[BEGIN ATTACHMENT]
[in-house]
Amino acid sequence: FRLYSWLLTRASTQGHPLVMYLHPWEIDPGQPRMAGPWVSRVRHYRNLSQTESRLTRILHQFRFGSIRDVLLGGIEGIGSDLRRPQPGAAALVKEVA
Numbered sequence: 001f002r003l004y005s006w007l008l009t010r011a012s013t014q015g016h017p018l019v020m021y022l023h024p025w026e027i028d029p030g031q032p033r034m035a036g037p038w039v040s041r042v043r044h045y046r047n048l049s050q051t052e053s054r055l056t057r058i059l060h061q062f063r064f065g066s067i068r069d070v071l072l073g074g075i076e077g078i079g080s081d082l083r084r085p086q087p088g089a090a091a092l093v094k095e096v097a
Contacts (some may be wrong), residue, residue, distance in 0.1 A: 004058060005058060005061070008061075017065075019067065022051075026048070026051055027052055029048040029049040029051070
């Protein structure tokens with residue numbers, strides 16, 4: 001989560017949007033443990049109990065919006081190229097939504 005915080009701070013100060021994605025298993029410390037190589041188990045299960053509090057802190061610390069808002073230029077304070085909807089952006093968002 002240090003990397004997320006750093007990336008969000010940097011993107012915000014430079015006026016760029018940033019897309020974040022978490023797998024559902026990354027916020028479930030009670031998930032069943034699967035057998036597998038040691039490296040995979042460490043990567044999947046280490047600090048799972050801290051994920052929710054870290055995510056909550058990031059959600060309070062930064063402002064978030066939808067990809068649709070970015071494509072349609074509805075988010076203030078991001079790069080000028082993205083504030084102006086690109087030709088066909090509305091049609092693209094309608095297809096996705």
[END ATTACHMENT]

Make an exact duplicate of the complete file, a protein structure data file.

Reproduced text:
[in-house]
Amino acid sequence: FRLYSWLLTRASTQGHPLVMYLHPWEIDPGQPRMAGPWVSRVRHYRNLSQTESRLTRILHQFRFGSIRDVLLGGIEGIGSDLRRPQPGAAALVKEVA
Numbered sequence: 001f002r003l004y005s006w007l008l009t010r011a012s013t014q015g016h017p018l019v020m021y022l023h024p025w026e027i028d029p030g031q032p033r034m035a036g037p038w039v040s041r042v043r044h045y046r047n048l049s050q051t052e053s054r055l056t057r058i059l060h061q062f063r064f065g066s067i068r069d070v071l072l073g074g075i076e077g078i079g080s081d082l083r084r085p086q087p088g089a090a091a092l093v094k095e096v097a
Contacts (some may be wrong), residue, residue, distance in 0.1 A: 004058060005058060005061070008061075017065075019067065022051075026048070026051055027052055029048040029049040029051070
């Protein structure tokens with residue numbers, strides 16, 4: 001989560017949007033443990049109990065919006081190229097939504 005915080009701070013100060021994605025298993029410390037190589041188990045299960053509090057802190061610390069808002073230029077304070085909807089952006093968002 002240090003990397004997320006750093007990336008969000010940097011993107012915000014430079015006026016760029018940033019897309020974040022978490023797998024559902026990354027916020028479930030009670031998930032069943034699967035057998036597998038040691039490296040995979042460490043990567044999947046280490047600090048799972050801290051994920052929710054870290055995510056909550058990031059959600060309070062930064063402002064978030066939808067990809068649709070970015071494509072349609074509805075988010076203030078991001079790069080000028082993205083504030084102006086690109087030709088066909090509305091049609092693209094309608095297809096996705």